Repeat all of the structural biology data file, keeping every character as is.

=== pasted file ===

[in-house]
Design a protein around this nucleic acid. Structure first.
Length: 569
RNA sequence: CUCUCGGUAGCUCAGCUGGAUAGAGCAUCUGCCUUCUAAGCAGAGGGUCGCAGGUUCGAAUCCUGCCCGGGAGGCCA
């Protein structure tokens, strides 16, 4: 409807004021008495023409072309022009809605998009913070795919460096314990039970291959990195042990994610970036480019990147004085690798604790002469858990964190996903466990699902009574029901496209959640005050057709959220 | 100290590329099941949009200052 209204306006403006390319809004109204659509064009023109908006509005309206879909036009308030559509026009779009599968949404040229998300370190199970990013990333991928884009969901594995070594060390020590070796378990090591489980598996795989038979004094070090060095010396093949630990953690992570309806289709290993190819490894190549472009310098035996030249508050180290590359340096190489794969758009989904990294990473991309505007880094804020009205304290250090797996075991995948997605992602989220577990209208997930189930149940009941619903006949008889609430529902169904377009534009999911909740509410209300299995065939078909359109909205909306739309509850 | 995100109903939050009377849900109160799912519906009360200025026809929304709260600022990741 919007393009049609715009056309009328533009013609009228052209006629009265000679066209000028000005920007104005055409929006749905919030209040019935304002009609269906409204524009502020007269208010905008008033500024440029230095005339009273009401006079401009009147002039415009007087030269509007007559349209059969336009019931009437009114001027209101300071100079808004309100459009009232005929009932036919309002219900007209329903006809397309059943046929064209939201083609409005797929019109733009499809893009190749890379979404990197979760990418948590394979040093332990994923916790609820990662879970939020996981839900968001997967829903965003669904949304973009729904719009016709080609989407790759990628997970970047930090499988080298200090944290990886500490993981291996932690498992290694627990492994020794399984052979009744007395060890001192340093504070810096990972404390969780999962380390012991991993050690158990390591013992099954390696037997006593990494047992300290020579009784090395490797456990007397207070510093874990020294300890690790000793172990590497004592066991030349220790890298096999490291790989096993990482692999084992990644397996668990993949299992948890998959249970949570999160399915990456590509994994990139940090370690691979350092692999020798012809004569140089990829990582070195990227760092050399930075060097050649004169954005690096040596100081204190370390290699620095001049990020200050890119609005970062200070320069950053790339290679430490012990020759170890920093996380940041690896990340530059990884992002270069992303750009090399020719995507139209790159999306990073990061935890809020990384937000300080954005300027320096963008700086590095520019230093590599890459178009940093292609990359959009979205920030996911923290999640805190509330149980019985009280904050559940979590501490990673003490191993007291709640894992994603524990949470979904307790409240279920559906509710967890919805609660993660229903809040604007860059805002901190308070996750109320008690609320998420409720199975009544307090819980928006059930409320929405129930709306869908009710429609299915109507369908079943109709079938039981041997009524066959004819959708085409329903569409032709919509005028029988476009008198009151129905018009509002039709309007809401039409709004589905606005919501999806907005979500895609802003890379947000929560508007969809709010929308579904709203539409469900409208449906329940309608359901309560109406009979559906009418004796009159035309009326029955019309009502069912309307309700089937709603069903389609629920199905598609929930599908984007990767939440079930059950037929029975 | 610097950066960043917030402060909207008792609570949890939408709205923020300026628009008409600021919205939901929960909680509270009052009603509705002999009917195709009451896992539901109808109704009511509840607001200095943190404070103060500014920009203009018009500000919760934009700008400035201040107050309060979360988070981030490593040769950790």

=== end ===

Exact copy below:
[in-house]
Design a protein around this nucleic acid. Structure first.
Length: 569
RNA sequence: CUCUCGGUAGCUCAGCUGGAUAGAGCAUCUGCCUUCUAAGCAGAGGGUCGCAGGUUCGAAUCCUGCCCGGGAGGCCA
């Protein structure tokens, strides 16, 4: 409807004021008495023409072309022009809605998009913070795919460096314990039970291959990195042990994610970036480019990147004085690798604790002469858990964190996903466990699902009574029901496209959640005050057709959220 | 100290590329099941949009200052 209204306006403006390319809004109204659509064009023109908006509005309206879909036009308030559509026009779009599968949404040229998300370190199970990013990333991928884009969901594995070594060390020590070796378990090591489980598996795989038979004094070090060095010396093949630990953690992570309806289709290993190819490894190549472009310098035996030249508050180290590359340096190489794969758009989904990294990473991309505007880094804020009205304290250090797996075991995948997605992602989220577990209208997930189930149940009941619903006949008889609430529902169904377009534009999911909740509410209300299995065939078909359109909205909306739309509850 | 995100109903939050009377849900109160799912519906009360200025026809929304709260600022990741 919007393009049609715009056309009328533009013609009228052209006629009265000679066209000028000005920007104005055409929006749905919030209040019935304002009609269906409204524009502020007269208010905008008033500024440029230095005339009273009401006079401009009147002039415009007087030269509007007559349209059969336009019931009437009114001027209101300071100079808004309100459009009232005929009932036919309002219900007209329903006809397309059943046929064209939201083609409005797929019109733009499809893009190749890379979404990197979760990418948590394979040093332990994923916790609820990662879970939020996981839900968001997967829903965003669904949304973009729904719009016709080609989407790759990628997970970047930090499988080298200090944290990886500490993981291996932690498992290694627990492994020794399984052979009744007395060890001192340093504070810096990972404390969780999962380390012991991993050690158990390591013992099954390696037997006593990494047992300290020579009784090395490797456990007397207070510093874990020294300890690790000793172990590497004592066991030349220790890298096999490291790989096993990482692999084992990644397996668990993949299992948890998959249970949570999160399915990456590509994994990139940090370690691979350092692999020798012809004569140089990829990582070195990227760092050399930075060097050649004169954005690096040596100081204190370390290699620095001049990020200050890119609005970062200070320069950053790339290679430490012990020759170890920093996380940041690896990340530059990884992002270069992303750009090399020719995507139209790159999306990073990061935890809020990384937000300080954005300027320096963008700086590095520019230093590599890459178009940093292609990359959009979205920030996911923290999640805190509330149980019985009280904050559940979590501490990673003490191993007291709640894992994603524990949470979904307790409240279920559906509710967890919805609660993660229903809040604007860059805002901190308070996750109320008690609320998420409720199975009544307090819980928006059930409320929405129930709306869908009710429609299915109507369908079943109709079938039981041997009524066959004819959708085409329903569409032709919509005028029988476009008198009151129905018009509002039709309007809401039409709004589905606005919501999806907005979500895609802003890379947000929560508007969809709010929308579904709203539409469900409208449906329940309608359901309560109406009979559906009418004796009159035309009326029955019309009502069912309307309700089937709603069903389609629920199905598609929930599908984007990767939440079930059950037929029975 | 610097950066960043917030402060909207008792609570949890939408709205923020300026628009008409600021919205939901929960909680509270009052009603509705002999009917195709009451896992539901109808109704009511509840607001200095943190404070103060500014920009203009018009500000919760934009700008400035201040107050309060979360988070981030490593040769950790």